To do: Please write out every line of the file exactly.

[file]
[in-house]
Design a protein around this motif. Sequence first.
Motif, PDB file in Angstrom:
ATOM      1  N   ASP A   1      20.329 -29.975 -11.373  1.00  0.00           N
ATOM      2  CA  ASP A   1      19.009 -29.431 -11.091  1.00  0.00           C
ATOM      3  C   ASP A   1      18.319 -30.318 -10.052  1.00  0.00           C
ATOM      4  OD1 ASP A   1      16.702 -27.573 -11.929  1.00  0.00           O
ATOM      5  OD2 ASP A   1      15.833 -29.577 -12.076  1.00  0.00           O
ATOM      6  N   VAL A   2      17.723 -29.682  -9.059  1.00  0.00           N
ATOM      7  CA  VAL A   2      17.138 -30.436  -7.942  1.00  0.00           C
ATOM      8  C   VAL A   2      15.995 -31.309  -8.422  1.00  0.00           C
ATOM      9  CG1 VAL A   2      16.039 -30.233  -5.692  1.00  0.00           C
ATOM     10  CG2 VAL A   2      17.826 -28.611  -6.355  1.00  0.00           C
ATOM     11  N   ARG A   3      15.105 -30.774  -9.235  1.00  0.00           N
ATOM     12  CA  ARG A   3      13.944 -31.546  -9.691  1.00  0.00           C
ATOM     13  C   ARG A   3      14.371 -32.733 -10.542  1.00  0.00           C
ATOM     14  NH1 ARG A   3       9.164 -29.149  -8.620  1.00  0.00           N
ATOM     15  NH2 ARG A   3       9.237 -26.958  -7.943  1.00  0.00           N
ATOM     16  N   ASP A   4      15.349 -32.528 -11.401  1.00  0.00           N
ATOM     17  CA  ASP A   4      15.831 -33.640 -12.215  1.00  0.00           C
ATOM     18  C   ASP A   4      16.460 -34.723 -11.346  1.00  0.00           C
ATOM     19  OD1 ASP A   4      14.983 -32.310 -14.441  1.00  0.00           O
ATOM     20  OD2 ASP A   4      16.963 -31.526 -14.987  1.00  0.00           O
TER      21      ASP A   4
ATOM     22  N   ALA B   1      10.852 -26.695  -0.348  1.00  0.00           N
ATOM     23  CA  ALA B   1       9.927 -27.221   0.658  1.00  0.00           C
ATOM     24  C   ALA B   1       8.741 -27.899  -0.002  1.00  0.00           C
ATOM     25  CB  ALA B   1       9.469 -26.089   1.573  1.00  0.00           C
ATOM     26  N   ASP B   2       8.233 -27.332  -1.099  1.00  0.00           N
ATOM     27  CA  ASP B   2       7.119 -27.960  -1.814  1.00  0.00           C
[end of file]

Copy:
[in-house]
Design a protein around this motif. Sequence first.
Motif, PDB file in Angstrom:
ATOM      1  N   ASP A   1      20.329 -29.975 -11.373  1.00  0.00           N
ATOM      2  CA  ASP A   1      19.009 -29.431 -11.091  1.00  0.00           C
ATOM      3  C   ASP A   1      18.319 -30.318 -10.052  1.00  0.00           C
ATOM      4  OD1 ASP A   1      16.702 -27.573 -11.929  1.00  0.00           O
ATOM      5  OD2 ASP A   1      15.833 -29.577 -12.076  1.00  0.00           O
ATOM      6  N   VAL A   2      17.723 -29.682  -9.059  1.00  0.00           N
ATOM      7  CA  VAL A   2      17.138 -30.436  -7.942  1.00  0.00           C
ATOM      8  C   VAL A   2      15.995 -31.309  -8.422  1.00  0.00           C
ATOM      9  CG1 VAL A   2      16.039 -30.233  -5.692  1.00  0.00           C
ATOM     10  CG2 VAL A   2      17.826 -28.611  -6.355  1.00  0.00           C
ATOM     11  N   ARG A   3      15.105 -30.774  -9.235  1.00  0.00           N
ATOM     12  CA  ARG A   3      13.944 -31.546  -9.691  1.00  0.00           C
ATOM     13  C   ARG A   3      14.371 -32.733 -10.542  1.00  0.00           C
ATOM     14  NH1 ARG A   3       9.164 -29.149  -8.620  1.00  0.00           N
ATOM     15  NH2 ARG A   3       9.237 -26.958  -7.943  1.00  0.00           N
ATOM     16  N   ASP A   4      15.349 -32.528 -11.401  1.00  0.00           N
ATOM     17  CA  ASP A   4      15.831 -33.640 -12.215  1.00  0.00           C
ATOM     18  C   ASP A   4      16.460 -34.723 -11.346  1.00  0.00           C
ATOM     19  OD1 ASP A   4      14.983 -32.310 -14.441  1.00  0.00           O
ATOM     20  OD2 ASP A   4      16.963 -31.526 -14.987  1.00  0.00           O
TER      21      ASP A   4
ATOM     22  N   ALA B   1      10.852 -26.695  -0.348  1.00  0.00           N
ATOM     23  CA  ALA B   1       9.927 -27.221   0.658  1.00  0.00           C
ATOM     24  C   ALA B   1       8.741 -27.899  -0.002  1.00  0.00           C
ATOM     25  CB  ALA B   1       9.469 -26.089   1.573  1.00  0.00           C
ATOM     26  N   ASP B   2       8.233 -27.332  -1.099  1.00  0.00           N
ATOM     27  CA  ASP B   2       7.119 -27.960  -1.814  1.00  0.00           C